Spread of coronavirus in county begins to slow
by Steven Felschundneff | firstname.lastname@example.org
During a news conference on Monday, public health officials started off with some rare good news.
“We are at the start of a new week and a new month, and we are cautiously optimistic that we are getting back on track to slowing the spread of COVID-19,” Director of Public Health Barbara Ferrer said. “We are still seeing that on average last week 2,000 people were hospitalized each day. But, the good news is those numbers have started to come down and we are not seeing the increases that we saw just a few weeks ago.”
Ms. Ferrer highlighted the fact that the seven-day average of new cases has dipped to 2,600 per day after peaking a few weeks ago at 3,000. The positivity rate has remained high at 8.8 percent but has not increased even as more people are getting tested.
The best news, however, is that hospitalizations are falling, which is a key indicator of health system capacity, according to health officials. After reaching an average of 2,200 people hospitalized in the middle of July, that number now stands closer to 2,000 based on the seven-day average. On Wednesday there were just 1,768 people hospitalized, with thirty percent in ICU and eighteen percent on ventilators.
“We do hope that because we are seeing the number of people hospitalized stabilize, that we will start to see fewer people passing away,” Ms. Ferrer said.
Ms. Ferrer credited residents and businesses following the guidance in the health order as the main reason the spread of the virus has slowed.
“Simply put, closing the bars worked. It also worked to limit indoor dining at restaurants, and to move the operations of various businesses and institutions outdoors,” she said.
In Claremont the spread seems to have slowed as well. The 265 cumulative cases reported Wednesday in the city and its unincorporated areas reflects a roughly eight percent increase over a week ago. In mid July, Claremont was regularly seeing increases at or near 20 percent week over week. There has been one addition death in Claremont, bringing the total to five.
The city has a new institutional outbreak, with Claremont Place on San Jose Avenue reporting two staff members and one resident testing positive.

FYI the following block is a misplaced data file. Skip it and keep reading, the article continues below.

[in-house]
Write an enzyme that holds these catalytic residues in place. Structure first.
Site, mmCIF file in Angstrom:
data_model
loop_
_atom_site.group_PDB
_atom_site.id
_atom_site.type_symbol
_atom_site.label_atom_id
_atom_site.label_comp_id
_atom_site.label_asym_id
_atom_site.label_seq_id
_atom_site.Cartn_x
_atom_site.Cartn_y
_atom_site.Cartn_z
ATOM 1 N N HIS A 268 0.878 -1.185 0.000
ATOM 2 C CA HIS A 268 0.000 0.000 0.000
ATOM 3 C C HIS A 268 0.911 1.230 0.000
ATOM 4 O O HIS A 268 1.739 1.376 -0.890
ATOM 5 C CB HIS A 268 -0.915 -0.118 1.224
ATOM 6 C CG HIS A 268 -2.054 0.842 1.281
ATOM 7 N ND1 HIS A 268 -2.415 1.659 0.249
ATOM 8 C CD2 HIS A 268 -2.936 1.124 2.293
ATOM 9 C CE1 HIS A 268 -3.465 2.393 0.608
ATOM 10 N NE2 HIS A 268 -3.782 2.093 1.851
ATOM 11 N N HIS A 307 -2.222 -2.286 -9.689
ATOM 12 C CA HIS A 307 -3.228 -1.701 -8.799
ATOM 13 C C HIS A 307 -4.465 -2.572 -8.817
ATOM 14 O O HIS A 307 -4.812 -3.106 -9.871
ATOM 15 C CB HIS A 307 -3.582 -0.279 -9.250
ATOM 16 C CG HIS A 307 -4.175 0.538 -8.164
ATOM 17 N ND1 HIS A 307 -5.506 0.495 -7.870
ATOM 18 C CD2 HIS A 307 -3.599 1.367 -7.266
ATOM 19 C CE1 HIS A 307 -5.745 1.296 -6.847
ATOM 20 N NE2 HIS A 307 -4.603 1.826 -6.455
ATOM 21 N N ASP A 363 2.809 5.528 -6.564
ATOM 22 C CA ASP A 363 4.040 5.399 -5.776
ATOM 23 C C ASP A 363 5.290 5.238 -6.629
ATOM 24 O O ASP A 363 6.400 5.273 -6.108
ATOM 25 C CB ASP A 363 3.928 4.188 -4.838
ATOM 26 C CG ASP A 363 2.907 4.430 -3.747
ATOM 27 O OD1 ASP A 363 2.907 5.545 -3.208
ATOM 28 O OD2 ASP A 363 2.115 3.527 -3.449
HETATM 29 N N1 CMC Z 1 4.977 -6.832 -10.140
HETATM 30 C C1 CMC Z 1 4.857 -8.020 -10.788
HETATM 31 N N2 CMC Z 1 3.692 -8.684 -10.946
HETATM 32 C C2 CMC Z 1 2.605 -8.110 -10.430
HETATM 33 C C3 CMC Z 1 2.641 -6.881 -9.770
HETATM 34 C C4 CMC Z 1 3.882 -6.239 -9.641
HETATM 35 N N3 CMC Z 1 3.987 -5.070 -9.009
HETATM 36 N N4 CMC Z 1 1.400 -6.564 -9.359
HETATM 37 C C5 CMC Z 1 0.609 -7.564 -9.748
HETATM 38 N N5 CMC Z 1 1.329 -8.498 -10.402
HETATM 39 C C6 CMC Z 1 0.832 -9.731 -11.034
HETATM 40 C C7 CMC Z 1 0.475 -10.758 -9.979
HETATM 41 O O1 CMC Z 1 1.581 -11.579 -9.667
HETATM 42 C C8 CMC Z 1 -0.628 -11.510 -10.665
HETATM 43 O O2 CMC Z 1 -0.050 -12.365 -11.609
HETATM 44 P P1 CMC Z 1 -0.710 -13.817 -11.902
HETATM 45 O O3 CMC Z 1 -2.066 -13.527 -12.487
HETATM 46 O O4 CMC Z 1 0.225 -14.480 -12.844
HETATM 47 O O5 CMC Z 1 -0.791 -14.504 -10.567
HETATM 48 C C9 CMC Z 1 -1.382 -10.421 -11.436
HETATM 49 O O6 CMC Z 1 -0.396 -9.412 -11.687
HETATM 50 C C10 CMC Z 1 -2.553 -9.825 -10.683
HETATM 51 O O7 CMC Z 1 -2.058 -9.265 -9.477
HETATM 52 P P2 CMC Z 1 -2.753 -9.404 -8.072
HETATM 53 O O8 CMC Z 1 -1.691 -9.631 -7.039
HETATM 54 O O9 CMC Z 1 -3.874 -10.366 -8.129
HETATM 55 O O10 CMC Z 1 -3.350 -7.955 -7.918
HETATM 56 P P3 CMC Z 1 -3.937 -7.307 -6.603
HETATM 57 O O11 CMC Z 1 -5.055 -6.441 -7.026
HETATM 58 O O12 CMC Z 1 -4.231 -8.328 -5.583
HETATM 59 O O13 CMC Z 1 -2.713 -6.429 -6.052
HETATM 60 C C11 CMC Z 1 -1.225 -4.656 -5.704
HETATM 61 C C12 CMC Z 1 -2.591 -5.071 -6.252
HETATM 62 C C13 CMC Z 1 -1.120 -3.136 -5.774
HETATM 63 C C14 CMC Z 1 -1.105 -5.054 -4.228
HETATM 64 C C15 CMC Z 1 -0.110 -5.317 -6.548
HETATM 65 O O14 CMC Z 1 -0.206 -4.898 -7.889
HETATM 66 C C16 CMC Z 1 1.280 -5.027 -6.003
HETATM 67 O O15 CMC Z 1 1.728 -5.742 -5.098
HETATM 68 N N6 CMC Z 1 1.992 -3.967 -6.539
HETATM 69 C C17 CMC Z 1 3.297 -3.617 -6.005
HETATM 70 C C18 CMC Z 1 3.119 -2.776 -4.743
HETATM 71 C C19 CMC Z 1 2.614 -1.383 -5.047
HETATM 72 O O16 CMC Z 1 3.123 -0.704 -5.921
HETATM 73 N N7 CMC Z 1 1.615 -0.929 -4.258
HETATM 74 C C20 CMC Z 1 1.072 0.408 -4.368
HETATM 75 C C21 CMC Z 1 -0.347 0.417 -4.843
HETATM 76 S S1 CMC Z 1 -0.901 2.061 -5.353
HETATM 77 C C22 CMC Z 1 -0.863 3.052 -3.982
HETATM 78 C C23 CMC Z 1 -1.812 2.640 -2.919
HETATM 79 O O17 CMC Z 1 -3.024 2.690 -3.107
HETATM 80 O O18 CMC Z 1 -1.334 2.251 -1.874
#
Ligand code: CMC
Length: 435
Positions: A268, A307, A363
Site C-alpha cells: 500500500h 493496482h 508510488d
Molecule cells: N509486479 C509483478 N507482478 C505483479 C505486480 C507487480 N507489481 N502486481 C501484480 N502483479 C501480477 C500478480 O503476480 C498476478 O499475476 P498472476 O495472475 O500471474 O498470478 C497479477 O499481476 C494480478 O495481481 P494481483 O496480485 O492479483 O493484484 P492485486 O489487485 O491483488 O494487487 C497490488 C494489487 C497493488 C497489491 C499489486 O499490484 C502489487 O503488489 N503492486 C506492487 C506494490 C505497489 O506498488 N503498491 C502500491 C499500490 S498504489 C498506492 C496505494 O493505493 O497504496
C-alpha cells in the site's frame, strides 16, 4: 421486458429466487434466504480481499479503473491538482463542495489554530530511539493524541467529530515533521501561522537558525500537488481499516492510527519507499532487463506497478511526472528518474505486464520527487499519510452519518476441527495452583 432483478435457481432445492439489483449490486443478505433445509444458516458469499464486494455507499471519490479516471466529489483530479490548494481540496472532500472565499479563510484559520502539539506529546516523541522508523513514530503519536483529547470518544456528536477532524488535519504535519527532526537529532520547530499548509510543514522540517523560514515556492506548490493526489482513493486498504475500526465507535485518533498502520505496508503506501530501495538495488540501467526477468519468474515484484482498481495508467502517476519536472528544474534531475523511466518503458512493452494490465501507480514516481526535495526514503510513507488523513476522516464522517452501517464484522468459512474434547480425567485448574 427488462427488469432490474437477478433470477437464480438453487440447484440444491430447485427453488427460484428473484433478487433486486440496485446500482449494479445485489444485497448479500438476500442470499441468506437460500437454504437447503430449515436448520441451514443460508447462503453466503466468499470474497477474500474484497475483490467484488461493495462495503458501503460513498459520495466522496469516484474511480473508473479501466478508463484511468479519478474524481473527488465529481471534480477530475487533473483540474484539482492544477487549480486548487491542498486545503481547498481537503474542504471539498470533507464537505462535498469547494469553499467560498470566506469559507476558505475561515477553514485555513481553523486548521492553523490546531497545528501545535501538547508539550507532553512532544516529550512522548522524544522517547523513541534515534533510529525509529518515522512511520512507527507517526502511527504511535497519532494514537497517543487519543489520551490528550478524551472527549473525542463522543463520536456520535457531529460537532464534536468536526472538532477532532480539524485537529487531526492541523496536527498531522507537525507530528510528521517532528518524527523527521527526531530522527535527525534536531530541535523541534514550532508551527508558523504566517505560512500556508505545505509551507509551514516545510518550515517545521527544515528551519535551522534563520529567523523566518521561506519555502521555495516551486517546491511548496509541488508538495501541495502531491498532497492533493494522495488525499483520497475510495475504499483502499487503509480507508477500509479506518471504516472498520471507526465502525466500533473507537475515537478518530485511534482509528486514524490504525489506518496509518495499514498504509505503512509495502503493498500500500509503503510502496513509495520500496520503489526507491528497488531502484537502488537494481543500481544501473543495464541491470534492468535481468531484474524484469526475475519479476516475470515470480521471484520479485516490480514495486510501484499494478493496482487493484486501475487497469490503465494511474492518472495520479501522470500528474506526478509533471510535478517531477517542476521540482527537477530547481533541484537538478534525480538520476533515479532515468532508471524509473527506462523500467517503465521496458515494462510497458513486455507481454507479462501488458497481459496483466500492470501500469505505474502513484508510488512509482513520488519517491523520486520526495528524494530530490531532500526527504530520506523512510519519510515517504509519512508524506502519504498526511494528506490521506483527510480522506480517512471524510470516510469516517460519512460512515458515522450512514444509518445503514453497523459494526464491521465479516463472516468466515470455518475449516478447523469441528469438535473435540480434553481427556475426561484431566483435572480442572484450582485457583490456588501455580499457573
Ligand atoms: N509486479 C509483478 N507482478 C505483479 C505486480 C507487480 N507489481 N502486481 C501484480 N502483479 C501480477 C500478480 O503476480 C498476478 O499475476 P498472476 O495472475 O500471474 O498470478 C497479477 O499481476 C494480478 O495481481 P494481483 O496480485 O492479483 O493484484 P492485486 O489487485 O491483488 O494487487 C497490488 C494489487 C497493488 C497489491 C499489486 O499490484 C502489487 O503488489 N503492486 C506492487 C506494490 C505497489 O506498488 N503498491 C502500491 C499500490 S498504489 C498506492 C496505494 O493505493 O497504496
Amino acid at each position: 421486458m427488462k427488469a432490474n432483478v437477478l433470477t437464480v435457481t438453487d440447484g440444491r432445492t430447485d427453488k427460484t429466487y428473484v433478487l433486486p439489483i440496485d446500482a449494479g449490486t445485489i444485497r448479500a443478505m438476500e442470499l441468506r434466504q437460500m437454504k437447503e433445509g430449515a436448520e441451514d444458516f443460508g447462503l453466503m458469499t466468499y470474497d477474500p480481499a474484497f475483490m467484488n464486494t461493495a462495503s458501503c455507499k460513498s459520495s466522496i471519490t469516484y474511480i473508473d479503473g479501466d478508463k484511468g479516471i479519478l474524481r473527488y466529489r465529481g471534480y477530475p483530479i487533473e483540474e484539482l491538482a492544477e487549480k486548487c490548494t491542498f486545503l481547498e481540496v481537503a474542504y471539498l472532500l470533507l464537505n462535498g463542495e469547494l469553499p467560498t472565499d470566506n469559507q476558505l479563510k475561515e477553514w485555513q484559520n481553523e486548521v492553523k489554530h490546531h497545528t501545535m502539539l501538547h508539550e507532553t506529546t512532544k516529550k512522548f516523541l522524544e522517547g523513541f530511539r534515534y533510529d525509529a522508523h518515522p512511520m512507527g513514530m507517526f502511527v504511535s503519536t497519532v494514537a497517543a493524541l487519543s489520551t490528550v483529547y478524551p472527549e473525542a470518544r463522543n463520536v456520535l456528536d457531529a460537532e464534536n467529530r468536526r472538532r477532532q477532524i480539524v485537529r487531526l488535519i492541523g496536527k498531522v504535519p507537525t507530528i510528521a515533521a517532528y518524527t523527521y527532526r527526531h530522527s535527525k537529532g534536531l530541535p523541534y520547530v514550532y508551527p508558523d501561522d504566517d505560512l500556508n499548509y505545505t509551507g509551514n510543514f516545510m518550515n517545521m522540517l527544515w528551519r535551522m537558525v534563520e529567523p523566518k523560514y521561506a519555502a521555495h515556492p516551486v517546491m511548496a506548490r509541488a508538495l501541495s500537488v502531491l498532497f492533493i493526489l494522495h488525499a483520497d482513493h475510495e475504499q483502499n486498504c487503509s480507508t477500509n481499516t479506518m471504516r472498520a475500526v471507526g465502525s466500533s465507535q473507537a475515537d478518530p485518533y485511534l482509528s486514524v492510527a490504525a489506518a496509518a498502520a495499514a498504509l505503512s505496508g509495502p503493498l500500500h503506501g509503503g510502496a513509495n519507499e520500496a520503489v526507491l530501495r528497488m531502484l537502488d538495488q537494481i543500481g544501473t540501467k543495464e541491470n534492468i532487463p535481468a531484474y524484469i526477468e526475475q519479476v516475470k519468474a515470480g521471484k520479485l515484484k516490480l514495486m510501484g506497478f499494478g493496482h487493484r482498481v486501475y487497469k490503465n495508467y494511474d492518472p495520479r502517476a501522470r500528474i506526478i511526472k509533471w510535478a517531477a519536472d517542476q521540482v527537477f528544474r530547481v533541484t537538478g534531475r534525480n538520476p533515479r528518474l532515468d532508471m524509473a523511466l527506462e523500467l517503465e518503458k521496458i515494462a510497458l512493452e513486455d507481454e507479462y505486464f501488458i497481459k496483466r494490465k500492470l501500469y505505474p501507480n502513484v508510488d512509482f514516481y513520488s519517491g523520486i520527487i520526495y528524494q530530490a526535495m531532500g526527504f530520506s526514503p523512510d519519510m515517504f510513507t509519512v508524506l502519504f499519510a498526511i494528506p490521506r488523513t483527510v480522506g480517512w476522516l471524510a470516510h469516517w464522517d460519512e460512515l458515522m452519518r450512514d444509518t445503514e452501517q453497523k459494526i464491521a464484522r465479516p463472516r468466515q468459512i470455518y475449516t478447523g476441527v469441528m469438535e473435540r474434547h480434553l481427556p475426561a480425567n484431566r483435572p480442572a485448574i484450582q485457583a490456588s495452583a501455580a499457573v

The county also reported Wednesday that at Mt. San Antonio Gardens, eight staff members and 10 residents have been confirmed with the virus. Pilgrim Place is still reporting zero cases on its campus.
Officials at Front Porch, the parent company of Claremont Manor, contacted the COURIER with further details about the outbreak at the Manor.
“Communication on the changing conditions related to COVID-19 has been sent throughout the pandemic via our emergency alert system to our community [including] residents, families, and staff,” Senior Vice President for Sales and Marketing Justin Weber said.
The outbreak was first caught when a staff member tested positive during the ongoing weekly testing of residents and staff. Currently, the county is reporting six staff members in the Claremont Manor Care center positive for the virus, and six in the Manor’s retirement community who are also positive. Two residents at the Manor also have COVID-19, one in the care center and one in the retirement community.
The staff members who tested positive are no longer providing care and have been instructed to self isolate.
“We are following all LA County Public Health requirements and isolating the positive resident as well as all residents who have had any potential contact. In addition, we are limiting staff who specifically care for the residents to the same staff members and not allowing them to care for other residents,” Mr. Weber said about the outbreak in the skilled nursing facility.
Over the past week the outbreak at the Manor, which has 280 residents, appears to have stabilized with only one new case among the staff.
The good news was tempered somewhat when public health announced that over the past two weeks new coronavirus cases had been undercounted due to a technical glitch in the state of California’s electronic laboratory system.
“Public Health learned of new issues with the state ELR feed on an emergency call convened by the state last night. This issue has undercounted the county’s positive cases and affects the number of COVID-19 cases reported each day, and our contact tracing efforts,” the county said in a statement.
The department is now working independently to obtain accurate data and a team is working with at least 81 labs to obtain all COVID-19 test results from July 26 to the present to determine the accurate positive case count in Los Angeles County. Once the data reporting issues are corrected, the number of cases is expected to increase.
“Public Health is also implementing a system for all labs to report positive test results to the department immediately so that moving forward the department can have an accurate case count and be assured that contact tracing efforts are not delayed,” the statement read.
On Wednesday the county reported 68 deaths and 2,347 new cases of COVID-19. Residents between the ages of 18 and 49 make up nearly 60 percent of the new cases, and people 30 to 49 years old are driving most of these reported cases.
Since its first coronavirus update on March 4, the county has recorded 197,912 cumulative cases of COVID-19, and a total of 4,825 deaths.